A comic book might seem an unlikely medium through which to convey the complexities of the coffee trade or inequity in the value chain, yet anything that gets the conversation started is a good thing.
A new comic book called “Ask Me About Cost of Production” was officially released last week as part of a public event hosted by the roasting company Junior’s Roasted Coffee inside the Buckman Coffee Factory shared roasting facility in Portland, Oregon. Along with an introduction from Junior’s Founder Mike Nelson, the event also included a presentation by Chad Trewick, founder of the consultancy Reciprocafé, as well as a large group dialogue on a range of issues affecting the health of the specialty coffee industry, particularly as it relates to the undervalued role of coffee producers.
“We were hoping for 50 [people in attendance], and we had over 60,” Nelson told Daily Coffee News after the event. That cooperative audience of local coffee professionals split into smaller, more intimate groups to discuss questions provided by Nelson, then reoriented into different groups for further discussion, then reconvened to share their findings.
“I saw some pretty cool new alliances formed in the room,” said Nelson. “People who hadn’t talked to each other left Buckman walking out the door talking to each other. There were comments about forming new buying groups, new partnerships.”
A thorough cross-section of Portland’s specialty coffee industry was present at the event, including roasters, baristas and importers.
“There were no producers here, so, minus that part of the supply chain,” said Nelson. “I think we had at least three different importers here, and I don’t know how many roasters, but it felt like a good representation of the Portland coffee community.”
Trewick’s roughly 45-minute-long presentation delved deeply into a range of troubling trends in the global coffee industry in recent years that all contribute to its current state of crisis for producers. Slides provided visualizations of the static price of green coffee relative to other products over recent decades, the increasing market share of the top five producing countries over time, differences in harvest labor and other costs across Central and South America, and more.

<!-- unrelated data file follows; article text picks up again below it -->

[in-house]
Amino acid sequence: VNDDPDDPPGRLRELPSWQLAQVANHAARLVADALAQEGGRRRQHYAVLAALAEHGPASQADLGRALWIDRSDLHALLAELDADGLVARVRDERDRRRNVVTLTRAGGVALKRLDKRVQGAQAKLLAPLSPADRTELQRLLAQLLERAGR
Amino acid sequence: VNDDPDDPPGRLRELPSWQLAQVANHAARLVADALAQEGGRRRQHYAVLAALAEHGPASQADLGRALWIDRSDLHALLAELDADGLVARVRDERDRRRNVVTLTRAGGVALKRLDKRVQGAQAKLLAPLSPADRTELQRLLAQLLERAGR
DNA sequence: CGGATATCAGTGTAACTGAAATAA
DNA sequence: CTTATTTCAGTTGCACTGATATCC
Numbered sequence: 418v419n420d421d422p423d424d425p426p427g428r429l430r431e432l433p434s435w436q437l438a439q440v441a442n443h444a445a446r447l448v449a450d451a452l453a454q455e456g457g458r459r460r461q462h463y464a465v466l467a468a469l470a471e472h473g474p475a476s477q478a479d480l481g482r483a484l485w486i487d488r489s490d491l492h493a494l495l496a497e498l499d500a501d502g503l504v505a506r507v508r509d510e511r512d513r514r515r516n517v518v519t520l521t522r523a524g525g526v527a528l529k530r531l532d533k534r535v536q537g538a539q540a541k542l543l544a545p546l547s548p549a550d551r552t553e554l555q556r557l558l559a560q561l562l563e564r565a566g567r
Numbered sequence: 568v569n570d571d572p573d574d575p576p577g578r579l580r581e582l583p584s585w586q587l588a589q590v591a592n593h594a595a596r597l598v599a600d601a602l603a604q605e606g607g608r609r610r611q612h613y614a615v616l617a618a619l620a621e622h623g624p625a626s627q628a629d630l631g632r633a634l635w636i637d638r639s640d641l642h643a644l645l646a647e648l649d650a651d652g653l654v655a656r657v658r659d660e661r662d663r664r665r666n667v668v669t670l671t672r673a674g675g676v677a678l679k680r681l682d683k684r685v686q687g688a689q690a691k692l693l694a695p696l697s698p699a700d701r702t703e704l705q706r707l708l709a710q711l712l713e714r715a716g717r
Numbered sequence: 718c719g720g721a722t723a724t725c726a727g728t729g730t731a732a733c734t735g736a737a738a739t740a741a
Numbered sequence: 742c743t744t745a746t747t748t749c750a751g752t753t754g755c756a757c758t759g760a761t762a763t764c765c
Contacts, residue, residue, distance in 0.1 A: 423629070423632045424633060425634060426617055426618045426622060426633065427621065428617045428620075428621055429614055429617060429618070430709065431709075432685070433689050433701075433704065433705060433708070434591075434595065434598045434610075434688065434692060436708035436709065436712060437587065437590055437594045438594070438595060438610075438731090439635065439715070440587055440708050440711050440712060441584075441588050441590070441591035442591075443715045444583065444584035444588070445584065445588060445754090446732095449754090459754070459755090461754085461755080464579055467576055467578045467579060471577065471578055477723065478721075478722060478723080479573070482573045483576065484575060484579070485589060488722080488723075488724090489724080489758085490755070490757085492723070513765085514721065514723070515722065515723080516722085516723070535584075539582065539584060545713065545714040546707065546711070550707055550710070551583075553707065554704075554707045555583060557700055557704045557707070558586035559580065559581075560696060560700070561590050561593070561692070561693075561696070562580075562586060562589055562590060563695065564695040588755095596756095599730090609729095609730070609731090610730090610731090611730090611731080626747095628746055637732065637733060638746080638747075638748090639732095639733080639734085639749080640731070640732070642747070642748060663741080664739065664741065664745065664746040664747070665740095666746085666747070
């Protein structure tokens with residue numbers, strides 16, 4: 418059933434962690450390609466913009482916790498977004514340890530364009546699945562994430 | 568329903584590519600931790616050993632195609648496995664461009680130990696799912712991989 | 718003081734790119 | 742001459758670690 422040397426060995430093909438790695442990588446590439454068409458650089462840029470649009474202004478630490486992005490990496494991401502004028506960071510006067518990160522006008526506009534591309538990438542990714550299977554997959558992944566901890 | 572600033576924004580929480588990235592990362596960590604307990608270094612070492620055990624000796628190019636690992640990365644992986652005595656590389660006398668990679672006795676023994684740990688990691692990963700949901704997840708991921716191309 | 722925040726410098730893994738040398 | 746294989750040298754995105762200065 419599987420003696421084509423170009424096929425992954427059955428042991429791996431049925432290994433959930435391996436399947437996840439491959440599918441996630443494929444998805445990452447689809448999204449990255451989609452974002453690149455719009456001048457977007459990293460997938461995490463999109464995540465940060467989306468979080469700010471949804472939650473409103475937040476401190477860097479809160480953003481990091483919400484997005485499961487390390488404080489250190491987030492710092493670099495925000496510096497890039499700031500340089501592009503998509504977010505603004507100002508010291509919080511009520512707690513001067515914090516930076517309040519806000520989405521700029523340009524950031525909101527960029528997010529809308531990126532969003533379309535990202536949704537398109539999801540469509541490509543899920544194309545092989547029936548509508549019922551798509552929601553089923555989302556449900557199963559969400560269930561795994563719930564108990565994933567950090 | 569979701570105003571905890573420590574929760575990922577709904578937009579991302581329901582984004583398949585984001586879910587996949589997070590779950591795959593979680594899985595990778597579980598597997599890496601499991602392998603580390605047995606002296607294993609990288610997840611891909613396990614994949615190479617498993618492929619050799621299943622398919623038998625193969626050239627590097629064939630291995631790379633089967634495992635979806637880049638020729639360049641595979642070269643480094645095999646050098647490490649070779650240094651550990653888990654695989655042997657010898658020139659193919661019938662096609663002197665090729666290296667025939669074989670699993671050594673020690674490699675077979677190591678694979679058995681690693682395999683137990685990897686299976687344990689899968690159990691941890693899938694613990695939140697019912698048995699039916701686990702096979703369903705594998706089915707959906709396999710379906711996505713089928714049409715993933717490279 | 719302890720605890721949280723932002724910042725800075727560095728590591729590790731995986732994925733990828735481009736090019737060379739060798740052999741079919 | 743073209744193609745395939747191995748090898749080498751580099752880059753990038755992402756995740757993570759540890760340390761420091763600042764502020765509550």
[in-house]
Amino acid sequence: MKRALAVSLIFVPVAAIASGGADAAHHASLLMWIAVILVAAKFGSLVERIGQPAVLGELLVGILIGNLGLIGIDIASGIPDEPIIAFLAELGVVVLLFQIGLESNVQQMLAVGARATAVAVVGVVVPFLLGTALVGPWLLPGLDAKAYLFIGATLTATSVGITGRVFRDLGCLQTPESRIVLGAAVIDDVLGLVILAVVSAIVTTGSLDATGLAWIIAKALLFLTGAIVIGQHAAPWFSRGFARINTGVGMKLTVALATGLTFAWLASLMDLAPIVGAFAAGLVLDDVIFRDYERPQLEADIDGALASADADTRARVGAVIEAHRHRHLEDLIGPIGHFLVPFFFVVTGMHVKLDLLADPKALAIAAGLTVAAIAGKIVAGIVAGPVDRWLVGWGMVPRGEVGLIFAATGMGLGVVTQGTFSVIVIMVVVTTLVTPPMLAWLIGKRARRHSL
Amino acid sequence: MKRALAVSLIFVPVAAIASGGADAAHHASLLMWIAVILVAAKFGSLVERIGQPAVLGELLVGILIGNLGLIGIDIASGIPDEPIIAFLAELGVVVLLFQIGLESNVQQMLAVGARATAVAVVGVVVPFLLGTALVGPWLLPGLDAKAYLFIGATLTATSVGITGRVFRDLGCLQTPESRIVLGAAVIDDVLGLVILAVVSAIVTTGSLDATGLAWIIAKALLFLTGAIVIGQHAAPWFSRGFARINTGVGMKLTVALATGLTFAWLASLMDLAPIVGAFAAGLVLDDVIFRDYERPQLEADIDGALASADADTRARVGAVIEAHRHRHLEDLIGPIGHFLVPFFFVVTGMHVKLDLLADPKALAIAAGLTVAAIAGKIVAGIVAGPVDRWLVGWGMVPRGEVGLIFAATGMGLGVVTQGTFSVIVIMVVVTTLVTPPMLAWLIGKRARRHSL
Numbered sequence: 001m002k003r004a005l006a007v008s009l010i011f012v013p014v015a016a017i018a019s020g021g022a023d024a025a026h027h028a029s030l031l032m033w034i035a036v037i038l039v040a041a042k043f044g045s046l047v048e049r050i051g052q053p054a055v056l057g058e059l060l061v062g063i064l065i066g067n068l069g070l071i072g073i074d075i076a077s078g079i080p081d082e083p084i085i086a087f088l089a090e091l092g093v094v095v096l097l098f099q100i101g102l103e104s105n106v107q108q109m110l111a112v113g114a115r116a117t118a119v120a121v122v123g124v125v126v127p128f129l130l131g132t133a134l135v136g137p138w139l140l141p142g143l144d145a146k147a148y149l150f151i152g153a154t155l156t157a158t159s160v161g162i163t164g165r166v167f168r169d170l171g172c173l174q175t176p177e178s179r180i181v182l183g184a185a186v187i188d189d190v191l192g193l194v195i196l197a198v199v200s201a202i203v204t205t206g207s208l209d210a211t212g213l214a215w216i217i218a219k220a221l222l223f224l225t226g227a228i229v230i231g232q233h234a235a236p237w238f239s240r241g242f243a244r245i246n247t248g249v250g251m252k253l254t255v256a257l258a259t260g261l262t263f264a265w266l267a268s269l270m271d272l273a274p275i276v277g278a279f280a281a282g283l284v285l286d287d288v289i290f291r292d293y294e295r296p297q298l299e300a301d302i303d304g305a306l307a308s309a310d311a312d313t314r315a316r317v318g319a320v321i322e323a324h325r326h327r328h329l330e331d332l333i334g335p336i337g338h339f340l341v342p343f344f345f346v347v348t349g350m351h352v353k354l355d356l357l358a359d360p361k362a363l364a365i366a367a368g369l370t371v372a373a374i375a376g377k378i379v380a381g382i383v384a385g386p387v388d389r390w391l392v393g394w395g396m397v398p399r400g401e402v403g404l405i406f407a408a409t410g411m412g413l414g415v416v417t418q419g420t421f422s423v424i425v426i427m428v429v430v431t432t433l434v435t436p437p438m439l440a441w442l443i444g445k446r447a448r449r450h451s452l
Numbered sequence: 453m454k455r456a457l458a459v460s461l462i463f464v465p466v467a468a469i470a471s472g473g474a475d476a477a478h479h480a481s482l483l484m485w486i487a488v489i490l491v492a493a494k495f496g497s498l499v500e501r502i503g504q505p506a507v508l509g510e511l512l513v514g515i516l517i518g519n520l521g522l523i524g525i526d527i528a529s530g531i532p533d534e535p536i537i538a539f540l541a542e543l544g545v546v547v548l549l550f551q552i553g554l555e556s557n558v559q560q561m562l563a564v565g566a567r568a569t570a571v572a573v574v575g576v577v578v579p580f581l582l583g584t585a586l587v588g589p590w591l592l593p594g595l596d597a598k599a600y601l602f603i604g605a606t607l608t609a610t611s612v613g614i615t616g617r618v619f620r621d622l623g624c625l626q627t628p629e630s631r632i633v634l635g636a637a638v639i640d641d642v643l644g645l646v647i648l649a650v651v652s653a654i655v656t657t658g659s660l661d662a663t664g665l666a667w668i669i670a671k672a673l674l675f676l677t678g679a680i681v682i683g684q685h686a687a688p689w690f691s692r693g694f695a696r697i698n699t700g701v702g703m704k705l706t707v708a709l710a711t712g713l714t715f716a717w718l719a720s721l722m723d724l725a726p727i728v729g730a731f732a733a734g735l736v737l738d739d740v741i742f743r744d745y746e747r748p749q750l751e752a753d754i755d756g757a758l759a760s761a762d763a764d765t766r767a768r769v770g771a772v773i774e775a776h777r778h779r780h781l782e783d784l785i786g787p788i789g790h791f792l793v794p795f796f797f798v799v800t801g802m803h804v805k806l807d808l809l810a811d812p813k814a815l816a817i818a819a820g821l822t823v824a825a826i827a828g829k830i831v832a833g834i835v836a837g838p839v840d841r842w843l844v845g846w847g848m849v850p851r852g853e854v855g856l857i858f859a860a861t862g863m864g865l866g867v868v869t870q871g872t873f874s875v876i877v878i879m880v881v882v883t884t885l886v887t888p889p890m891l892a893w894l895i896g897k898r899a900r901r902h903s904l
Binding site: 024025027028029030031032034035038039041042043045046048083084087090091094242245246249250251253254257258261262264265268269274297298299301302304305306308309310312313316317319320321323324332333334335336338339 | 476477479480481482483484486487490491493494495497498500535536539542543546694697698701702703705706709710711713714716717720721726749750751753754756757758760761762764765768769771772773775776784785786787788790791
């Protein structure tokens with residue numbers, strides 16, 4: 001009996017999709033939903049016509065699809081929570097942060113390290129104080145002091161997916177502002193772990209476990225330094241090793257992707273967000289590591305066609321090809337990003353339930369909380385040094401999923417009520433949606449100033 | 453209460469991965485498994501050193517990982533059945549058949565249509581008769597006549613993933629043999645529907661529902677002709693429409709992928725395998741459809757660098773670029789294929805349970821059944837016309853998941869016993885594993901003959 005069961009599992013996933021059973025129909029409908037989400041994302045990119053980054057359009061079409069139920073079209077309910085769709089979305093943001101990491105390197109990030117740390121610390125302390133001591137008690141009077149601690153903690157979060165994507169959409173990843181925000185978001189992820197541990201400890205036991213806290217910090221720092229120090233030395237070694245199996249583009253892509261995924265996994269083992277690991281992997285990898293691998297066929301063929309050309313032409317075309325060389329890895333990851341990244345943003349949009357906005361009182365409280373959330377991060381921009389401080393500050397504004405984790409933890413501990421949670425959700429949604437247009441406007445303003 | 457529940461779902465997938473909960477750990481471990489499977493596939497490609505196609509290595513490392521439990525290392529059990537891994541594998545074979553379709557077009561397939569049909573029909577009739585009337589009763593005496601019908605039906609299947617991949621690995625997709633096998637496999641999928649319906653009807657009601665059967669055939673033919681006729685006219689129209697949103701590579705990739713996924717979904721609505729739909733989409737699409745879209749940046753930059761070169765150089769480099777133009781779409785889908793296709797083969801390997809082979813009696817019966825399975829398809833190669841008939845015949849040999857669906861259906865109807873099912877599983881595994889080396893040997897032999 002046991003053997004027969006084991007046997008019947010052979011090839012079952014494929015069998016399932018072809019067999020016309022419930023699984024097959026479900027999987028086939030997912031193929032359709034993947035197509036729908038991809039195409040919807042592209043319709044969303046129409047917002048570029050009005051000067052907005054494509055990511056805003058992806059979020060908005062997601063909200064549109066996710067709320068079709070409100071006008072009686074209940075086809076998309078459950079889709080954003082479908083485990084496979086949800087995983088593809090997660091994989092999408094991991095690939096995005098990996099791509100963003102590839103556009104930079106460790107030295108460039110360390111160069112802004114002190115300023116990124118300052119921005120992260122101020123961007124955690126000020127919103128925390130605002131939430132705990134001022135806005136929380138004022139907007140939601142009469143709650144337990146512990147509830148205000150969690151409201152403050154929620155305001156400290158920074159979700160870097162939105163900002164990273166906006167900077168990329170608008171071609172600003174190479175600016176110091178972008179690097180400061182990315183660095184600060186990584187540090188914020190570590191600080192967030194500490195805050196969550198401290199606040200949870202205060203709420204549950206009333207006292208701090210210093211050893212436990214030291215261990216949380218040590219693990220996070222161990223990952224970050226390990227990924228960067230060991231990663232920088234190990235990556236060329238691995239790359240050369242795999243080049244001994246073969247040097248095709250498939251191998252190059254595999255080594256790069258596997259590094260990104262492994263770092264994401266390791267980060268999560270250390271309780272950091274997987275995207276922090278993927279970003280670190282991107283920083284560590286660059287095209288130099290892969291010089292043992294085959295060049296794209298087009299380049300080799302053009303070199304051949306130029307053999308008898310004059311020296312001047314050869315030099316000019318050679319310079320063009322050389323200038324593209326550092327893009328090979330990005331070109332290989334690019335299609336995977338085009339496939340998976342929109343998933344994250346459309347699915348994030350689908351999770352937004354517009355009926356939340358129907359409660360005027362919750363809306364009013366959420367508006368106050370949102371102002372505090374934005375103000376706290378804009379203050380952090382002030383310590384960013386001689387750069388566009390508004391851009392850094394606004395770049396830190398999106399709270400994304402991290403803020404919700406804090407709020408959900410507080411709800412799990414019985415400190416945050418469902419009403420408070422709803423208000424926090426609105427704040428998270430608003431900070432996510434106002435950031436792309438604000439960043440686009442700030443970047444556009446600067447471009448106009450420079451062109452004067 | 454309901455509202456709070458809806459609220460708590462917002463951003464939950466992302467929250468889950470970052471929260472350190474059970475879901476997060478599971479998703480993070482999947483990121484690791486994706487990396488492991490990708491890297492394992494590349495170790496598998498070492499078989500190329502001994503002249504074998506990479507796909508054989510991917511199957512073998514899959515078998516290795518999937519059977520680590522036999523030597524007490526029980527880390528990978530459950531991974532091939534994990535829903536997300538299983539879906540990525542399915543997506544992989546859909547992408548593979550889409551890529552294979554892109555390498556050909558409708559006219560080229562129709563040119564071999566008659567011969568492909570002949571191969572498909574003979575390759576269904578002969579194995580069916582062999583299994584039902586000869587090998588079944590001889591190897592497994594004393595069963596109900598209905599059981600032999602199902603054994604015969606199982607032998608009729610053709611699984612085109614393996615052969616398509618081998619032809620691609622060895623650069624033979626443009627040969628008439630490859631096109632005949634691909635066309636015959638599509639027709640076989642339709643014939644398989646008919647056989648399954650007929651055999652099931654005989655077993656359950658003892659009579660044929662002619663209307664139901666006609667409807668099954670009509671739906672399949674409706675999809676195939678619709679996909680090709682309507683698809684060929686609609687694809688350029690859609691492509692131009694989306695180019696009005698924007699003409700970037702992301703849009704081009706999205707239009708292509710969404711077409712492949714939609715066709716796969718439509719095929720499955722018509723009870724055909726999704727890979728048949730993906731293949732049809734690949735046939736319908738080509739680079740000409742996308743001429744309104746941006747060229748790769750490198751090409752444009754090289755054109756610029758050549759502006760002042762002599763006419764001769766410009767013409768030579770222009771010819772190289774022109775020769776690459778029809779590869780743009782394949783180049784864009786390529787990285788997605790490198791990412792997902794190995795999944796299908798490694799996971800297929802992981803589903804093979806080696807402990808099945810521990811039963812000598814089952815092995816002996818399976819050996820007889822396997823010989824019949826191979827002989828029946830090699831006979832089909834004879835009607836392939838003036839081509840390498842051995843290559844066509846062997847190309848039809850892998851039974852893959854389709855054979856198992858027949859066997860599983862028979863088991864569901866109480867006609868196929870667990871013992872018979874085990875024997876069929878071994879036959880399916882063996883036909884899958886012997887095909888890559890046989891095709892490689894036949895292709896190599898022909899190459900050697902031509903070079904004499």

The presentation painted a bleak picture of the industry’s downward spiral, illustrating in detail how free market forces, consumer complacency, climate change and politics are working in concert to throttle coffee producers’ ability and will to continue growing coffee of any kind. This applies to conventional and specialty coffee alike, according to Trewick, who emphasized that preserving lucrative conventional coffee production is of equal concern for the continued existence of specialty coffee.
“I want to make sure to always bring this room back — because we’re a lot of fancy coffee people here — to the fact that if regular coffee doesn’t exist and isn’t a viable means to make a living in these countries, who do you think is going to stick around to produce the tiny little bit of specialty coffee?” Trewick said. “We have to know and understand where our vulnerabilities are, and recognize how we can play our role in finding the right equation here.”